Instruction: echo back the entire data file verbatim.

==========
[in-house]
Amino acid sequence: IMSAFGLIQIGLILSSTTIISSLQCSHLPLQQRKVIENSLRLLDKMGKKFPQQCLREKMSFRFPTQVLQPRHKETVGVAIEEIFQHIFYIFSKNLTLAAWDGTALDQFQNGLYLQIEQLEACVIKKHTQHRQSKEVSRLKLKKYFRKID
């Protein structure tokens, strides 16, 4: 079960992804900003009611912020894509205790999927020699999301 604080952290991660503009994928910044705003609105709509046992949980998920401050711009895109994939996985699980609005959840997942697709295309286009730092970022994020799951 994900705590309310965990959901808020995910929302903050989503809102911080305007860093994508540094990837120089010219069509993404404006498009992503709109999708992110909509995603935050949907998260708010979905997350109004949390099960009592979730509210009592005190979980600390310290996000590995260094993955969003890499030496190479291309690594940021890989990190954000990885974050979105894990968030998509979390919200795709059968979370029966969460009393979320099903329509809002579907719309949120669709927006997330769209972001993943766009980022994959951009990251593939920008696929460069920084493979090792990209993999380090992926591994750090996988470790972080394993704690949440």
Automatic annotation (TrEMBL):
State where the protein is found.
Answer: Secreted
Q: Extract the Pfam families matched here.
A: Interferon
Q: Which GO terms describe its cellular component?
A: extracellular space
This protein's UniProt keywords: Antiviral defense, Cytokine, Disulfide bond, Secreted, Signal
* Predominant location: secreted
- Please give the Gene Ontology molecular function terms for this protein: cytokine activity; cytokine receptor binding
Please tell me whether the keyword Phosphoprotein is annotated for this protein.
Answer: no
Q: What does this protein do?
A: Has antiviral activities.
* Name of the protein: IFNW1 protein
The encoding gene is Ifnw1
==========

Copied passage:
[in-house]
Amino acid sequence: IMSAFGLIQIGLILSSTTIISSLQCSHLPLQQRKVIENSLRLLDKMGKKFPQQCLREKMSFRFPTQVLQPRHKETVGVAIEEIFQHIFYIFSKNLTLAAWDGTALDQFQNGLYLQIEQLEACVIKKHTQHRQSKEVSRLKLKKYFRKID
């Protein structure tokens, strides 16, 4: 079960992804900003009611912020894509205790999927020699999301 604080952290991660503009994928910044705003609105709509046992949980998920401050711009895109994939996985699980609005959840997942697709295309286009730092970022994020799951 994900705590309310965990959901808020995910929302903050989503809102911080305007860093994508540094990837120089010219069509993404404006498009992503709109999708992110909509995603935050949907998260708010979905997350109004949390099960009592979730509210009592005190979980600390310290996000590995260094993955969003890499030496190479291309690594940021890989990190954000990885974050979105894990968030998509979390919200795709059968979370029966969460009393979320099903329509809002579907719309949120669709927006997330769209972001993943766009980022994959951009990251593939920008696929460069920084493979090792990209993999380090992926591994750090996988470790972080394993704690949440």
Automatic annotation (TrEMBL):
State where the protein is found.
Answer: Secreted
Q: Extract the Pfam families matched here.
A: Interferon
Q: Which GO terms describe its cellular component?
A: extracellular space
This protein's UniProt keywords: Antiviral defense, Cytokine, Disulfide bond, Secreted, Signal
* Predominant location: secreted
- Please give the Gene Ontology molecular function terms for this protein: cytokine activity; cytokine receptor binding
Please tell me whether the keyword Phosphoprotein is annotated for this protein.
Answer: no
Q: What does this protein do?
A: Has antiviral activities.
* Name of the protein: IFNW1 protein
The encoding gene is Ifnw1